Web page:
North East Ridge
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STILL WORKING ON THE ROUTE PAGE
TH to Summit: 8000 feet
Total climbing vertical: 11,000 feet
Round Trip: 25 miles
The Northeast Ridge of Mount Williamson is a Sierra classic--not for the history (which it has--in his twilight years, Norman Clyde claimed that he had made the FA in the 1920s, and Warren Harding made his maniac bones in an epic first winter ascent recounted in Doug Scott's "Big Wall Climbing"), and not for clean, good rock, which it has, at least when it counts, nor for the views, which it boasts in spades. The NE Ridge of Williamson is classic because it may very well be the hardest climb of its grade and type in the country. As RJ Secor says, "This 8,000 foot waterless climb is one hell of a hard climb."
You kick off with a 1-mile cross-country hike which includes fording a nasty little stream. Climb 2000 feet of decomposed granite, dirt, sagebrush, manzanita, juniper and pinon to the ridge itself. Hang a right, and keep going, quickly. Soon you will be on clean desert rock which quickly transitions to alpine rock. Stay as close to the top of the ridge as possible. Ignore the tremendous exposure, and just keep moving. Top off your water bottles on any snow or melt you might find, because you're going to need it. Keep going. Many miles and thousands of feet of elevation later, the ridge fishhooks to the south and then back to the west. Cross the East and West Horns, both 14,000+, and descend the West Horn on its northeastern side until you can cross to the last obstacle before the long slog across a plateau to the summit. Descend by moving to the north, where you will find a 3d class chimney that enters a couloir facing southwest. This is the way down.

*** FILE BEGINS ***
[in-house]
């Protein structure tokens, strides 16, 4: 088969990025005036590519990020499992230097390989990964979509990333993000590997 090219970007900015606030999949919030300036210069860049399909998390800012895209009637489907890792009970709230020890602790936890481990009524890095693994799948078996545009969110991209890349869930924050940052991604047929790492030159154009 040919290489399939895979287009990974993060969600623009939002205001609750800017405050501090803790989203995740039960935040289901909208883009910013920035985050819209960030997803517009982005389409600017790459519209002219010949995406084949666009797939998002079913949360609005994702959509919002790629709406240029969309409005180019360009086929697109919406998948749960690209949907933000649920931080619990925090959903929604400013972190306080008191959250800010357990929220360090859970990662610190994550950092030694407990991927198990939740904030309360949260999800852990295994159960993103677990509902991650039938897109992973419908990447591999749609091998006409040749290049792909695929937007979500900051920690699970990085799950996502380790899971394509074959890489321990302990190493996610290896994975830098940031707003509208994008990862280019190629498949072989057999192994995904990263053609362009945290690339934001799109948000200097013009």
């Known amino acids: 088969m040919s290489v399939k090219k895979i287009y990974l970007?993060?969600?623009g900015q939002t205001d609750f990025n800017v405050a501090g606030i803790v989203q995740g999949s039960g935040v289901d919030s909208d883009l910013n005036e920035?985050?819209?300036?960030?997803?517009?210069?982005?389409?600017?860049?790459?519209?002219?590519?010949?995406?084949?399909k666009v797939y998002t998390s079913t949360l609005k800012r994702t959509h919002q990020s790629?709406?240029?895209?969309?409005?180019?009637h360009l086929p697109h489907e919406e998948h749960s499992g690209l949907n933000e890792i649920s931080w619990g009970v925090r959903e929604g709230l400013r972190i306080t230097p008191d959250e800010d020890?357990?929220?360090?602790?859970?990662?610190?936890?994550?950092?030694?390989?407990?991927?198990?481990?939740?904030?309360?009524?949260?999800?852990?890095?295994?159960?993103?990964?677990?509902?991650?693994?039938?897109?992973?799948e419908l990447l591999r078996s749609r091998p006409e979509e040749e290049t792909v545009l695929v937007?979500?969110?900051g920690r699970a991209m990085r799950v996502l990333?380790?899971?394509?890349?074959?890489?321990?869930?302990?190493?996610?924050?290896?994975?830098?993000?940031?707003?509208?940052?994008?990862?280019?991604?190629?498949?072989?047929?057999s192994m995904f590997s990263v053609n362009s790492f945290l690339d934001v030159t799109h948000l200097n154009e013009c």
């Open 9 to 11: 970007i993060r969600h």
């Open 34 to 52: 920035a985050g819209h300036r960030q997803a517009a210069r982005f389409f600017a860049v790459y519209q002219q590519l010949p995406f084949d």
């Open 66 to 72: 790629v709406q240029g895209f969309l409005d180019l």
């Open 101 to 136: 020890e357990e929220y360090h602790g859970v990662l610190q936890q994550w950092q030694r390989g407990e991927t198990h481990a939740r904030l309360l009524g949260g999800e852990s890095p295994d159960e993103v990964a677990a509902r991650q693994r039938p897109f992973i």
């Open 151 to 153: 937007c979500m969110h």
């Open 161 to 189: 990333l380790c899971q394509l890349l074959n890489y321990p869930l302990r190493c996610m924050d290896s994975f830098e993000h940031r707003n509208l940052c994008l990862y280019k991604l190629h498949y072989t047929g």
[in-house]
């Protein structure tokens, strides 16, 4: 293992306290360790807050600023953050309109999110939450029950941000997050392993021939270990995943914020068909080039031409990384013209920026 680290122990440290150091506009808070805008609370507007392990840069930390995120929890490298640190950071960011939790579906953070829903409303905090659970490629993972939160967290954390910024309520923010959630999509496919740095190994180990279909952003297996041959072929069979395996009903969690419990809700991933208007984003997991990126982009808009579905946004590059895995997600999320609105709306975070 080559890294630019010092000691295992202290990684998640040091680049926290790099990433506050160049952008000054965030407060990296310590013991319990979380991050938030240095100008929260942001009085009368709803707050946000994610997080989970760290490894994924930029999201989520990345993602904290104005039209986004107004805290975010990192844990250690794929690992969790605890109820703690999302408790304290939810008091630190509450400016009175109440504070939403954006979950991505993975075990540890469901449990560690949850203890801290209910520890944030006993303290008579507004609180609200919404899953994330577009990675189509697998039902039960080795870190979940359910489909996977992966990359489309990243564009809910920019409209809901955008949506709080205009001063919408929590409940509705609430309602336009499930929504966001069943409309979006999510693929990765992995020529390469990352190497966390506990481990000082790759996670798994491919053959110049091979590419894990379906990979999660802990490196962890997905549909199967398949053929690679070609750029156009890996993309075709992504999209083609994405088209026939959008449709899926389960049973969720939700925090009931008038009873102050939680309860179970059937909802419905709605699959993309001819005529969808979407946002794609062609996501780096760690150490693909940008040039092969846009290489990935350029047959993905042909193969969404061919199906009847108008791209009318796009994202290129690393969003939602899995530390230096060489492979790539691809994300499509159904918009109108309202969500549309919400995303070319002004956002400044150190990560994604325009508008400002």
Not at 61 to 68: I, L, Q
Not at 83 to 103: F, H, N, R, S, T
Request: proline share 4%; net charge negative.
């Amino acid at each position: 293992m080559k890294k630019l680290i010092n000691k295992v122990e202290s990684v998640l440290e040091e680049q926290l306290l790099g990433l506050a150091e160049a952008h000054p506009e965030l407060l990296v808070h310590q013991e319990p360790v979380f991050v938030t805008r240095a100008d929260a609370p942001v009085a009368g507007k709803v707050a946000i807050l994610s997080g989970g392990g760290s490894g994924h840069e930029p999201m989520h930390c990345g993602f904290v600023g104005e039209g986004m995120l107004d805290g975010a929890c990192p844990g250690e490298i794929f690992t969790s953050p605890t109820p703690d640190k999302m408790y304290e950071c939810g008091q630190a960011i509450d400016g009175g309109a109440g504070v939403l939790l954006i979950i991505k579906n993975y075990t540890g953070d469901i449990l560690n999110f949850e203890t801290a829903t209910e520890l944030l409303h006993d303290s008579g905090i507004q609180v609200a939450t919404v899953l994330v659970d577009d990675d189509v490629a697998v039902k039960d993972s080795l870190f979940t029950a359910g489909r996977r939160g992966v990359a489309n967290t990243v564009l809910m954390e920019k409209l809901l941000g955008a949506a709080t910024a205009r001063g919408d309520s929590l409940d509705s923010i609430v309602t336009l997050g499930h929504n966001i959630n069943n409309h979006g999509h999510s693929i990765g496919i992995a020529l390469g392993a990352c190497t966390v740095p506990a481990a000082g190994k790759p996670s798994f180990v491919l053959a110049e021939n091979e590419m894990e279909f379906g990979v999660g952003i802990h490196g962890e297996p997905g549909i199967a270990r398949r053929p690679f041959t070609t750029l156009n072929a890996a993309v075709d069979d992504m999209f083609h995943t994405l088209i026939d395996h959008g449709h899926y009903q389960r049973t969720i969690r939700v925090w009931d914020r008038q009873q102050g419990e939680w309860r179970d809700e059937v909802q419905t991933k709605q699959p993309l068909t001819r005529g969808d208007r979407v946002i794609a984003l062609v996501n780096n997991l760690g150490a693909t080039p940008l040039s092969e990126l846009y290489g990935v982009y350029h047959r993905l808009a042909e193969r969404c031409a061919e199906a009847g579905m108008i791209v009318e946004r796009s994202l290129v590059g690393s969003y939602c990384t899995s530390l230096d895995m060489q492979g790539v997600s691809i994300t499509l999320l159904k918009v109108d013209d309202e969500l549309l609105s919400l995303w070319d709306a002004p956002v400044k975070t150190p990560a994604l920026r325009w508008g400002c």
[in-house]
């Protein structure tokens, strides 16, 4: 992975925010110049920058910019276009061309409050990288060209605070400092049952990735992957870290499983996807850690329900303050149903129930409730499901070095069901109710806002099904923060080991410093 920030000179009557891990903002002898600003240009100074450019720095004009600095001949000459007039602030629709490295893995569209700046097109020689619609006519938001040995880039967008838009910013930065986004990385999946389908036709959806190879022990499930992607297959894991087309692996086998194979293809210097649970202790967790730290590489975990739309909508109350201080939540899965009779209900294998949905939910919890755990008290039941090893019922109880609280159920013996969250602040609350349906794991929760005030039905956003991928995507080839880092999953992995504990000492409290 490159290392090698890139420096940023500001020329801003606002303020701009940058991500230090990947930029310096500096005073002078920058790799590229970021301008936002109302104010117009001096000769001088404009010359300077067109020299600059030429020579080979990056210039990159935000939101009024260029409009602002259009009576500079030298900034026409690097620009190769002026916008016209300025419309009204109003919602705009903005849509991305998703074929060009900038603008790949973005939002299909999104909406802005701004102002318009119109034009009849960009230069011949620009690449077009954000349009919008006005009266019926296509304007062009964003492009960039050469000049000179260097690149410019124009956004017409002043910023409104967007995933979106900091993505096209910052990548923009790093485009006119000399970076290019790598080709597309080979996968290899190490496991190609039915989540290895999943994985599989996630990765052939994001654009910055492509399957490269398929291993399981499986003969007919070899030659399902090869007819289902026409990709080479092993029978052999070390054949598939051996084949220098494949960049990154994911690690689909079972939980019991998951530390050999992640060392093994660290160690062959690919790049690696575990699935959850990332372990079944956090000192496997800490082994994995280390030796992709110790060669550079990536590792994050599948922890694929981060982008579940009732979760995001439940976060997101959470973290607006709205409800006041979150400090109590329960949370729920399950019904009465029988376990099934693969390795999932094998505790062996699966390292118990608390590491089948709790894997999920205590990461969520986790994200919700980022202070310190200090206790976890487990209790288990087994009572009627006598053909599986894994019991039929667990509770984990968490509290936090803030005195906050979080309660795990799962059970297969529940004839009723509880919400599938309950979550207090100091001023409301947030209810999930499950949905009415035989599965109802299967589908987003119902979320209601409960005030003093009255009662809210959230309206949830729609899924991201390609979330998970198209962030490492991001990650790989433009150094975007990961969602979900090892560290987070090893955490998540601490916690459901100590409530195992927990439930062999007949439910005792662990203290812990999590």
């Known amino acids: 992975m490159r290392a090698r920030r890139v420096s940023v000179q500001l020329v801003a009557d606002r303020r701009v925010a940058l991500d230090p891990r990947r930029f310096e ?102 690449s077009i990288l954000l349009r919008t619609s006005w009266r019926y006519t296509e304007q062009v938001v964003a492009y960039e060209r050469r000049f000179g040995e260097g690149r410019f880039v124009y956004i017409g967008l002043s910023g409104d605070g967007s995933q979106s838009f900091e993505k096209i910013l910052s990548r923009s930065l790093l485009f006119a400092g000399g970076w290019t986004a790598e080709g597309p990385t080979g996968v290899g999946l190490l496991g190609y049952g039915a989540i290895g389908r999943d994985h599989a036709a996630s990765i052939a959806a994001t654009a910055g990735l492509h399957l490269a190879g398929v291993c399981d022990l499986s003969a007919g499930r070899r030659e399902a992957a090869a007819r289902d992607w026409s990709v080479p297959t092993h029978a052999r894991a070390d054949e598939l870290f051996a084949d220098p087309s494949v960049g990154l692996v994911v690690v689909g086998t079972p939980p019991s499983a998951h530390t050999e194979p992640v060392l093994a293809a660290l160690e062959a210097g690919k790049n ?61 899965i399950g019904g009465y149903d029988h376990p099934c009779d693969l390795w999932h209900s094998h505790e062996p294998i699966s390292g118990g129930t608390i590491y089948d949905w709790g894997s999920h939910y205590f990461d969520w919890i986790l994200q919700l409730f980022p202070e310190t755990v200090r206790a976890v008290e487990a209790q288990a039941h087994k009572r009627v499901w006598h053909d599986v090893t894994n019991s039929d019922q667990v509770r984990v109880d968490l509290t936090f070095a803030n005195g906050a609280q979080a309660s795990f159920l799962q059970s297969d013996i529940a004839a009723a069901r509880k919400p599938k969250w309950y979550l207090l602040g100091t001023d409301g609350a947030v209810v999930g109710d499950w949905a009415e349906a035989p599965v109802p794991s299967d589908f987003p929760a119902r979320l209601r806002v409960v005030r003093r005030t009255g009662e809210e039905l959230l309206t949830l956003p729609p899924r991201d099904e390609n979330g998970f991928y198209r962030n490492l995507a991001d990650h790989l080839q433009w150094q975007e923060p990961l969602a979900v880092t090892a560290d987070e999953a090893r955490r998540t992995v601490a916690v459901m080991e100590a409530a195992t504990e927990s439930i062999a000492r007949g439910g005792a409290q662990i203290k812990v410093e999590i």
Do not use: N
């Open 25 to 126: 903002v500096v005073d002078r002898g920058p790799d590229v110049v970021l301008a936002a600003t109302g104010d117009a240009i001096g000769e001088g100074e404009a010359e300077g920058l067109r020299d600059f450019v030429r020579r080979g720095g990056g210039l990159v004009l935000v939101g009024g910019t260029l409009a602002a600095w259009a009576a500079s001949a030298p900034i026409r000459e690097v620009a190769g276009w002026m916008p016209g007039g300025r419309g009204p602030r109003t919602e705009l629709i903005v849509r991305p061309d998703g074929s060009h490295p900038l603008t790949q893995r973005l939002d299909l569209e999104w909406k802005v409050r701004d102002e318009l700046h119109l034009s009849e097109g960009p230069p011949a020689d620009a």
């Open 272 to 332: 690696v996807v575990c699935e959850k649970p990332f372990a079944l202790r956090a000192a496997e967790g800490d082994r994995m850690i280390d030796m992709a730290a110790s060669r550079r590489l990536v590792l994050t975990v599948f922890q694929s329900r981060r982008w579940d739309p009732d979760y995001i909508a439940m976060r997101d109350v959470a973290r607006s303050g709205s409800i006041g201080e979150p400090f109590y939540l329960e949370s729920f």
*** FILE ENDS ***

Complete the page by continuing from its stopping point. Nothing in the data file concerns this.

Some folks climb this with no rope, and they move very quickly, since they are 1-day blitzkrieg types. Mortals may want 30 meters of thin cord for raps and for moral support during dicy moves. But be warned, if you try to pitch and belay all the sketch out of this climb, you will need a long term residency permit. Bring along some throw-away webbing for rap anchors, and a head for continuous hours of unprotected exposure.
The descent is the reason that the climb has a snow rating. You will descend the "tourist route" which means glissading or plunging down about 1000 feet of snowy couloir.
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